‘If I could paint my ideal body, it would be a flat belly, big bum, big boobs. Like Jes­sica Rab­bit’

every­thing’s come into place. Every­thing I’ve prayed for, pretty much, has hap­pened, so some­body some­where is work­ing their magic.’ As she slurps the last dregs of the Coca Cola can, I ask if Maya’s at­ti­tude to­wards food is as prag­matic as the rest of her think­ing. Un­sur­pris­ingly, the an­swer is yes. She ‘eats loads of bread and stuff’ and ‘a Mcdon­ald’s when I want to’, but isn’t averse to ‘a smoothie with loads of greens shoved in and a ba­nana to hide the taste’, and ‘fish and veg and new pota­toes’ is a go-to din­ner. As un­will­ing as I am to sug­gest that she’s a liv­ing ver­sion of the hack­neyed #bal­ance hash­tag, it’s the truth. ‘I’ll eat naughty stuff, then I’ll eat nice stuff.’ Maya has two tat­toos. One is the ini­tials of her late boyfriend, the other is in Ara­bic and reads, ‘Love like you’ve never been hurt, dance like no­body’s watch­ing.’ The lat­ter could be naff if it weren’t so true to Maya’s life thus far, fast-tracked com­pared with most peo­ple’s. It’s there, on her side, hid­den so that you can only see it if she’s ‘in bra and panties’, but a go-to maxim should she feel the need. I tell her she re­minds me of some­one. The pos­i­tiv­ity-over-di­ver­sity, the bound­less en­ergy, the un­abashed friend­li­ness, the sheer like­abil­ity, the abs… ‘Oh my God, I love Dav­ina! She’s been through some hard things, hasn’t she? And she’s come out the other side. She’s an in­cred­i­ble woman and I re­ally look up to her. She’s silly as well, and not afraid to have a laugh. And I al­ways feel like she cares about peo­ple when she’s speak­ing to them. That’s re­ally some­thing I hope I emu­late.’ I won­der if, as Maya’s star grows brighter and she be­gins to build a name for her­self across the pond, she’ll set her sights on a vi­sion more in line with the Amer­i­can dream. But then I ref­er­ence the fact that she’s the face of the in­au­gu­ral UK is­sue of Women’s Health.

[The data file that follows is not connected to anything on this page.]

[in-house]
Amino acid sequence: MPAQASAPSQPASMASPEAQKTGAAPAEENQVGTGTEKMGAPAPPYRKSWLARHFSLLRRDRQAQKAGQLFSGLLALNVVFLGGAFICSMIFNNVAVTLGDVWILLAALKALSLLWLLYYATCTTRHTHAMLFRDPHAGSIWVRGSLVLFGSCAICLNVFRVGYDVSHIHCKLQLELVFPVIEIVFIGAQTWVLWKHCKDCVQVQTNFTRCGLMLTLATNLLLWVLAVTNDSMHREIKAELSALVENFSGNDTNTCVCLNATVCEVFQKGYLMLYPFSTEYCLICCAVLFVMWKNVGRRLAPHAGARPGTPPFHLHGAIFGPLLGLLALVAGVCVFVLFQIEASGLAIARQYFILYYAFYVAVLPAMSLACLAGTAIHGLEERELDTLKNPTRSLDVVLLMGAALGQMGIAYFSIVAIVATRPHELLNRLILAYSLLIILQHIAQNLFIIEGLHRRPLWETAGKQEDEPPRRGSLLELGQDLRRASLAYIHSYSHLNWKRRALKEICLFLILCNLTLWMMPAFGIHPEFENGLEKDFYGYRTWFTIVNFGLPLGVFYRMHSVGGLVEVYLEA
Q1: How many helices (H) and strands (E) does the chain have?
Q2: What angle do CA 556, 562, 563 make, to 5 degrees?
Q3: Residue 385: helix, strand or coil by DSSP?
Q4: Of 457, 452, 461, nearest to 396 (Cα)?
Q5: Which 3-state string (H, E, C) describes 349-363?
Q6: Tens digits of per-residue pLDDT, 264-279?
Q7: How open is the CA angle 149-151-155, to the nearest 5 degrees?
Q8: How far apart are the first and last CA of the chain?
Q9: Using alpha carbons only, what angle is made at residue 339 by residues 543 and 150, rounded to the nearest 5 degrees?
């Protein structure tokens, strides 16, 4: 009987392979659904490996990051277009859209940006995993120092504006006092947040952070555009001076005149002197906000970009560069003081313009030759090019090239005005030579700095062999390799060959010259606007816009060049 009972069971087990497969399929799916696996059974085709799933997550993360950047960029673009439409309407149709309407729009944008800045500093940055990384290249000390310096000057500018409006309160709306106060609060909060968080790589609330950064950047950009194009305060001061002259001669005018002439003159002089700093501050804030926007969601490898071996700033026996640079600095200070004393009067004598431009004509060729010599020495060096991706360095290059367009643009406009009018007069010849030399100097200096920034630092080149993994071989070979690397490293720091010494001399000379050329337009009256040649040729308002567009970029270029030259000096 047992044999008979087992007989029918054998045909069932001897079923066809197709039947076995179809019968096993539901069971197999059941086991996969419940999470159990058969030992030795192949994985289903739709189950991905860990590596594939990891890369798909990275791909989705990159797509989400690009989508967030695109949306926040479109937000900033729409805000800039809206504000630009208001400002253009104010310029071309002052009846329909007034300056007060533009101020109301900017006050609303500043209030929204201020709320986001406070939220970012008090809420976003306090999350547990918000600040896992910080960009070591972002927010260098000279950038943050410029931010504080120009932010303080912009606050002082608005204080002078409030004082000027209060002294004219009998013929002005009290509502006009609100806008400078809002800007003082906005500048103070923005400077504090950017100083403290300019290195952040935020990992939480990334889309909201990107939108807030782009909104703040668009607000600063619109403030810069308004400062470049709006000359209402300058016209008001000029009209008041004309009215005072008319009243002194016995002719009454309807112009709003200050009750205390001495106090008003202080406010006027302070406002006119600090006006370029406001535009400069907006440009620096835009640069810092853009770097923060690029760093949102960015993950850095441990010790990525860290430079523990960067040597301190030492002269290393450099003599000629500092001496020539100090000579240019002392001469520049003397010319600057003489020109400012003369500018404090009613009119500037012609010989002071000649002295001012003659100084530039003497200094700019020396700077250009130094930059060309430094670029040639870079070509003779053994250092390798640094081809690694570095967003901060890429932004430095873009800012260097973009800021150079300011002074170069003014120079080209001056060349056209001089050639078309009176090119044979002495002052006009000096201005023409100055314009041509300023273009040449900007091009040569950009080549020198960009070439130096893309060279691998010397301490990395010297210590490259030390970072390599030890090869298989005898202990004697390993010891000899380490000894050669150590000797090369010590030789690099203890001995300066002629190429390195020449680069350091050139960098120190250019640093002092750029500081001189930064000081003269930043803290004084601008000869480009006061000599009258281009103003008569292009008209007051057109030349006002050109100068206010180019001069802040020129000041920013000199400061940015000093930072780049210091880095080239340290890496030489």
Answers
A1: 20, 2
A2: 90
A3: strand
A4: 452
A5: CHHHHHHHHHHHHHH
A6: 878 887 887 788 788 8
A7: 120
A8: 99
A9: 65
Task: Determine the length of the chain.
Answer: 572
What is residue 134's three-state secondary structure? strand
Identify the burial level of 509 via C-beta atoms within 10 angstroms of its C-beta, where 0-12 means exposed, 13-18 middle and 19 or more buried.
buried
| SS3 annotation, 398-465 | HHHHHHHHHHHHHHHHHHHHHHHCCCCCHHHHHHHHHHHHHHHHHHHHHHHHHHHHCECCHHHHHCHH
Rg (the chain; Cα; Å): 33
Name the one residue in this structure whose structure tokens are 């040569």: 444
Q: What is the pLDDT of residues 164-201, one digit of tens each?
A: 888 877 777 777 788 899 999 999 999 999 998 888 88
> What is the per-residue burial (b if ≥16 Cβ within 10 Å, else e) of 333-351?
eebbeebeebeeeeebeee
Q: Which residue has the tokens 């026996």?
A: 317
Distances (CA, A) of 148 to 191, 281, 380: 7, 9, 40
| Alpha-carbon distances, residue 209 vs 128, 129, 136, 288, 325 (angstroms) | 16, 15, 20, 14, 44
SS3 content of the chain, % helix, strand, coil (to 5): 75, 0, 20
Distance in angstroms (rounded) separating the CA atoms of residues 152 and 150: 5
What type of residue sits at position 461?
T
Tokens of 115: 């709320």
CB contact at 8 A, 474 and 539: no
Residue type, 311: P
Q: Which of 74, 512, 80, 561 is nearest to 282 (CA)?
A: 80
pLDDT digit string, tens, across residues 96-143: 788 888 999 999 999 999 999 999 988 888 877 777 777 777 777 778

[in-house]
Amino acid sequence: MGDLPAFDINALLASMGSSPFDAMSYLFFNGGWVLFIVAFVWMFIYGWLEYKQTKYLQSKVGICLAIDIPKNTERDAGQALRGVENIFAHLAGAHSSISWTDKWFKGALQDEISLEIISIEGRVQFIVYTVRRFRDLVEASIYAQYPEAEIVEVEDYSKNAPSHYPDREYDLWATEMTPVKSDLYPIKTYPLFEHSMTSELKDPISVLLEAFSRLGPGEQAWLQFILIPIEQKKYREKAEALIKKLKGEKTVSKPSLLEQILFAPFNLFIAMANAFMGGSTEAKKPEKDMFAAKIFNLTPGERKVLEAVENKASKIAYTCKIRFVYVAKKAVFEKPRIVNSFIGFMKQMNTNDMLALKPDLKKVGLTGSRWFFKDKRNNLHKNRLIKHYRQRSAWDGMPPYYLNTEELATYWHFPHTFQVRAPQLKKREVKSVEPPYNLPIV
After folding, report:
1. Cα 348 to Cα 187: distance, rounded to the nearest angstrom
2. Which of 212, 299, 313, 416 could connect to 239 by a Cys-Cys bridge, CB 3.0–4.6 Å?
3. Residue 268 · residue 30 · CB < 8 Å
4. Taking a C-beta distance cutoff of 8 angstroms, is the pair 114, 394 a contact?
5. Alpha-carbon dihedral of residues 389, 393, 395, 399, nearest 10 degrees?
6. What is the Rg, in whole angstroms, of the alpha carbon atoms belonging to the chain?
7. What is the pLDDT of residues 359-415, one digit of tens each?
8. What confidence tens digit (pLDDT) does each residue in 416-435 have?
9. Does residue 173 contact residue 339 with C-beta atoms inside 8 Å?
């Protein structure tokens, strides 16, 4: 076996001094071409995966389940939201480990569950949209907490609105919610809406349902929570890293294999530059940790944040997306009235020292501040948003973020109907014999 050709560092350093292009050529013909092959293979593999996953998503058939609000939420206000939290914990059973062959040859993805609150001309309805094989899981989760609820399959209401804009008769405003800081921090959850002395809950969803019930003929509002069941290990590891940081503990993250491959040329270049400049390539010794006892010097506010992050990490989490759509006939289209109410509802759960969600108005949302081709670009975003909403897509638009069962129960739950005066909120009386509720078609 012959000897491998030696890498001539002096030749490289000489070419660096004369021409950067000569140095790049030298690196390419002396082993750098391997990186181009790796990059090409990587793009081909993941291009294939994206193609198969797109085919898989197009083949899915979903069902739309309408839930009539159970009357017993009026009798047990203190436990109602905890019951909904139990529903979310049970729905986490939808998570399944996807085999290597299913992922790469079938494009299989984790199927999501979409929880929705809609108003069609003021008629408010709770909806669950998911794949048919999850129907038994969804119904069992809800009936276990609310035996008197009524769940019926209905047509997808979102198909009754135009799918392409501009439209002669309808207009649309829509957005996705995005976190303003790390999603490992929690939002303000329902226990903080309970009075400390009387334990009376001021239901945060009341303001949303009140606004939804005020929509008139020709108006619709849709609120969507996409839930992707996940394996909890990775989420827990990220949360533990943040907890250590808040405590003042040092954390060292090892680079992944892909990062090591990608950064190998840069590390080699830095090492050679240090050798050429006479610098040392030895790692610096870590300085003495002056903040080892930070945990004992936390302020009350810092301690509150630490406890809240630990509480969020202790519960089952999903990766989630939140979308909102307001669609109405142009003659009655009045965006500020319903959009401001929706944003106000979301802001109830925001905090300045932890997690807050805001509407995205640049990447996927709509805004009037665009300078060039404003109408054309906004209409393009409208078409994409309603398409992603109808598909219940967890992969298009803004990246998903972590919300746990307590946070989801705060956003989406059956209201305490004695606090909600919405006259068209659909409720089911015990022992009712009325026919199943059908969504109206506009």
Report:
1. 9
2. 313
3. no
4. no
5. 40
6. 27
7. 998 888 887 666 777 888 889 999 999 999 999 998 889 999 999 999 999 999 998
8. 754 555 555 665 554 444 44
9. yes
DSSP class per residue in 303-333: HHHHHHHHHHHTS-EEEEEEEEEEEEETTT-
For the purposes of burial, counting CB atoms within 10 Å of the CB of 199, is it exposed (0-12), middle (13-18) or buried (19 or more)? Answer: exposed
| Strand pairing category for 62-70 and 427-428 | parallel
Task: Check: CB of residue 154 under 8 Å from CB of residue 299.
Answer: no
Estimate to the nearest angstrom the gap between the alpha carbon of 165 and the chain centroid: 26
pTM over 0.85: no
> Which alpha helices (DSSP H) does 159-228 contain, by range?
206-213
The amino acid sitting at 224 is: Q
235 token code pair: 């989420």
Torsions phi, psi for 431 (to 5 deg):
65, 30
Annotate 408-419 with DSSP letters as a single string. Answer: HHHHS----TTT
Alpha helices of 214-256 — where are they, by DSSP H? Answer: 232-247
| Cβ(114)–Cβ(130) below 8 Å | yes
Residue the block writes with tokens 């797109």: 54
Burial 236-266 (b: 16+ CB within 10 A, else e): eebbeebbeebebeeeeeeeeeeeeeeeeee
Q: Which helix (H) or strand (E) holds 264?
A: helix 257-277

‘I think be­ing Bri­tish is the best thing ever... I feel proud to say I’m from Eng­land’

‘I think we’re the best!’ she beams. ‘I think be­ing Bri­tish is the best thing ever. When I travel, I feel proud to tell peo­ple I’m from Eng­land. You get this re­ac­tion wher­ever you go, like, “Oh my God, you’re Bri­tish!” I think we’re a real and hon­est na­tion. Like, this is me, take it or leave it.’ Maya’s at­ti­tude is forth­right, for­ward-think­ing and re­lent­lessly up­beat. Em­pa­thy comes eas­ily to her, and she’s smarter than your aver­age cookie. That unimag­in­able in­ci­dent at 16, which could have floored her for good, she took as a tragic in­cen­tive to em­bark on a jour­ney that’s seen amaz­ing things hap­pen and built the foun­da­tions for more ex­cite­ment to fol­low. ‘I’m part of the gen­er­a­tion that be­lieves you can do any­thing,’ she adds, like a call to ac­tion. ‘No one’s ever go­ing to be you. If you’re the best ver­sion of you, you’re un­stop­pable.’ That’s your next tat­too, I sug­gest. ‘Can you imag­ine!’ she laughs. ‘That would be…’ … so Maya Jama.

‘Every­thing I’ve prayed for, pretty much, has hap­pened’